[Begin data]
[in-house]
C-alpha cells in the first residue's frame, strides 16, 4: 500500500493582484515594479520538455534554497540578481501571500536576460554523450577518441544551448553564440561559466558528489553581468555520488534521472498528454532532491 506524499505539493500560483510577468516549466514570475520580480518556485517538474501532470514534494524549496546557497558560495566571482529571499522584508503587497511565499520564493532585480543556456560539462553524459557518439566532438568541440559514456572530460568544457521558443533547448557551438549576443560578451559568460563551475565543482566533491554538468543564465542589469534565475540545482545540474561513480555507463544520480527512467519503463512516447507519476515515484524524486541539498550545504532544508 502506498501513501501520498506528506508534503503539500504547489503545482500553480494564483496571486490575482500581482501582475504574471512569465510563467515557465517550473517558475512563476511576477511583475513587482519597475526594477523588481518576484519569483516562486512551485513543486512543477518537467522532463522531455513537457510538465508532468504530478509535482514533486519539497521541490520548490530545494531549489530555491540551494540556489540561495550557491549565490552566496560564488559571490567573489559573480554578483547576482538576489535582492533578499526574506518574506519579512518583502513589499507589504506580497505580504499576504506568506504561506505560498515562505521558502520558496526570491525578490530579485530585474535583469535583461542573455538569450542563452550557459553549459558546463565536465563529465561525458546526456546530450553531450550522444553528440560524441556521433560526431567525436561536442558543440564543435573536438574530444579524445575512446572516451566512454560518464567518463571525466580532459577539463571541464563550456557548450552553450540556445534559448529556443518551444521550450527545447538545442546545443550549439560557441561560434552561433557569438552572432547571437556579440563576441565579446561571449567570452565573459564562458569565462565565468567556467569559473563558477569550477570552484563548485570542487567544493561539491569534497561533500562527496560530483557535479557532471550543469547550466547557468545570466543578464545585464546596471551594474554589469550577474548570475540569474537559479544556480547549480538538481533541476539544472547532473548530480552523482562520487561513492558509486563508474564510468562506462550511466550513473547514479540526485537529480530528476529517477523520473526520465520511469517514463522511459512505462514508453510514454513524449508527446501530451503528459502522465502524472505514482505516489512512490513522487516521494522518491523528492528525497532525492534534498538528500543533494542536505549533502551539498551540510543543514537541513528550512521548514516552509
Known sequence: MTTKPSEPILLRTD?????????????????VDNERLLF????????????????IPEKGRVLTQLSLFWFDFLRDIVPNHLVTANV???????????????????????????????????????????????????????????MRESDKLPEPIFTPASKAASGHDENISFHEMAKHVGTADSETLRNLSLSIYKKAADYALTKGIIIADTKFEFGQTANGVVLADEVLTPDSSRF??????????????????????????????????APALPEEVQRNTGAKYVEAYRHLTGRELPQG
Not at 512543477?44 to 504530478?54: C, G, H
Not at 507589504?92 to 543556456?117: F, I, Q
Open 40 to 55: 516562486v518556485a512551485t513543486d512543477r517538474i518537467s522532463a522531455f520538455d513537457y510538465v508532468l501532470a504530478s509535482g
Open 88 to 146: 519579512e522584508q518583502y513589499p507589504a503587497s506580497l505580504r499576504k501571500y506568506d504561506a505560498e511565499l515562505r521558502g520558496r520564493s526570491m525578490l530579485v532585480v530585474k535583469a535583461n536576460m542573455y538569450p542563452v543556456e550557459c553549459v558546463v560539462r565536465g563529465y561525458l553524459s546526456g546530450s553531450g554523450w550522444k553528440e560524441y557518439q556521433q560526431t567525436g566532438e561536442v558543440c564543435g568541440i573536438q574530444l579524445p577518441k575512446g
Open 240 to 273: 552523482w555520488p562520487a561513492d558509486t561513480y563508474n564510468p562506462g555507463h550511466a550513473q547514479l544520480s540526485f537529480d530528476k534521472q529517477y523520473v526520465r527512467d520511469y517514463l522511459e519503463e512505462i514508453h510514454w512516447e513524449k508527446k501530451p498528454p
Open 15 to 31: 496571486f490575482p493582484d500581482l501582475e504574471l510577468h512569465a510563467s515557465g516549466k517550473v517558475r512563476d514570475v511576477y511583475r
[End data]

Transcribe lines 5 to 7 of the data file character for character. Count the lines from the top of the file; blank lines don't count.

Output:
Not at 507589504?92 to 543556456?117: F, I, Q
Open 40 to 55: 516562486v518556485a512551485t513543486d512543477r517538474i518537467s522532463a522531455f520538455d513537457y510538465v508532468l501532470a504530478s509535482g
Open 88 to 146: 519579512e522584508q518583502y513589499p507589504a503587497s506580497l505580504r499576504k501571500y506568506d504561506a505560498e511565499l515562505r521558502g520558496r520564493s526570491m525578490l530579485v532585480v530585474k535583469a535583461n536576460m542573455y538569450p542563452v543556456e550557459c553549459v558546463v560539462r565536465g563529465y561525458l553524459s546526456g546530450s553531450g554523450w550522444k553528440e560524441y557518439q556521433q560526431t567525436g566532438e561536442v558543440c564543435g568541440i573536438q574530444l579524445p577518441k575512446g